"Many want to work for a mission they believe in or be in a city they love," Dalton said. "By identifying passions up-front, you stay happy, which makes it easier to learn on a job and get better at your job."
For Zach White, this is something he knows well.
White, who graduated from Duke in 2010 with a degree in mathematics, spent three of his undergraduate years as a line monitor and head line monitor for Duke men's basketball games, a position that coordinates with Duke Athletics and helps organize and run student activities and game day planning. While his parents moved around the East Coast - from Pennsylvania to Alabama and Kentucky - he found a new, permanent home at Duke and in Durham. When it came time to graduate, he said there was no place he'd rather be than at Duke, where he formed his identity.
"I live, breathe and sleep Duke because I view Duke as my home," said White, 25, assistant director of the Iron Dukes Annual Fund in Duke Athletics. "There are so many benefits about being here that canât be replaced - whether it's a chess match or a club badminton game, I'm going to cheer for Duke like crazy. These are feelings that bond me to the university I couldn't find elsewhere."
His story isn't uncommon. Athletics is among the departments at Duke that hire the most Millennial-aged employees, bringing in 63 staff members between 18 and 33 in the past three years. During the same timespan, 46 Millennial employees transferred within the department.
Whereas Athletics was once small with employees handling a variety of roles within business operations, compliance, sports information and more, each of those areas is now its own entity. That's allowed for younger employees like White to find a role and rise from within, rather than moving to a new job at a different school or employer.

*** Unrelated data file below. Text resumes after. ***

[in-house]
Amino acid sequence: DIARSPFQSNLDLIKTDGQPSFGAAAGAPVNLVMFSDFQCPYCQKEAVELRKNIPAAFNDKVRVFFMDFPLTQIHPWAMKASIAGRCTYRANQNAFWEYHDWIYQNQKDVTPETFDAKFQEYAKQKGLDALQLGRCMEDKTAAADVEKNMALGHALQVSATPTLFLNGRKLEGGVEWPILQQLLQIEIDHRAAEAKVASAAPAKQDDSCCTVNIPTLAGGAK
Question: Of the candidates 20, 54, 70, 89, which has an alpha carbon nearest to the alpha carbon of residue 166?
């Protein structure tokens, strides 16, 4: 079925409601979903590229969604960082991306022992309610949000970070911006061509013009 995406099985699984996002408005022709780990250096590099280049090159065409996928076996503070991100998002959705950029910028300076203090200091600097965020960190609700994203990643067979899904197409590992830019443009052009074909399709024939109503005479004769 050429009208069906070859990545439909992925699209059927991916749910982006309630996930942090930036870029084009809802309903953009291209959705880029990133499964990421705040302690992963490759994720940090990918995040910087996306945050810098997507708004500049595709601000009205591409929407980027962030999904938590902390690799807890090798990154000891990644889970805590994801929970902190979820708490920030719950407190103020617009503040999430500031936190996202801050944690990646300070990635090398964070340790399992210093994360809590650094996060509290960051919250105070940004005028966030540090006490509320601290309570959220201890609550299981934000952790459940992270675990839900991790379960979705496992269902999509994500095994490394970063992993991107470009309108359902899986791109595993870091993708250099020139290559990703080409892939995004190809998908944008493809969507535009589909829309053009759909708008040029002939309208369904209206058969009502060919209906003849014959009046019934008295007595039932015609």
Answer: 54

"We have a lot more mobility in collegiate athletics that didn't exist even 20 years ago," said Chris Kennedy, 64, senior deputy director of Athletics and a Duke employee since 1977. "I benefit from being around all the youthful energy of our students and staff."
That connection also exists in the world of academia, where Millennials at Duke comprise 5 percent of all faculty. They'll fill a growing need with nearly a third of all faculty eligible to retire within the next five years.
Jessi Streib is part of that effort. Streib, 29, began her first semester of teaching with Duke's Department of Sociology this fall after earning a Ph.D. from the University of Michigan. While Streib may lack the tenure of her peers or age - faculty who teach in the department are as old as 94 - she sees her youth as a way to also excel.
For example, Streib, an assistant professor, said her closeness in age with undergraduate and graduate students allows her to connect with them and their research. This spring, she's working on a project with two undergraduate students to study how social class is portrayed in children's books and movies.
"Since I'm part of my students' generation, this project will be neat to go back through the stories we were told as children, but with a much more analytic lens," Streib said.
When it comes to connecting with peers, Streib said a difference in age isn't a problem because her colleagues share common bonds in research interests. She said she chose to come to Duke because of a supportive atmosphere for research and mentoring.
No matter the difference in age - young or old - Streib said every Duke employee can provide unique perspectives for the institution.
"It strikes me from time to time that the person I'm talking to has been doing the job I'm starting now longer than I've been alive," Streib said. "I think it hits me in those moments that there's a whole lot that I don't know."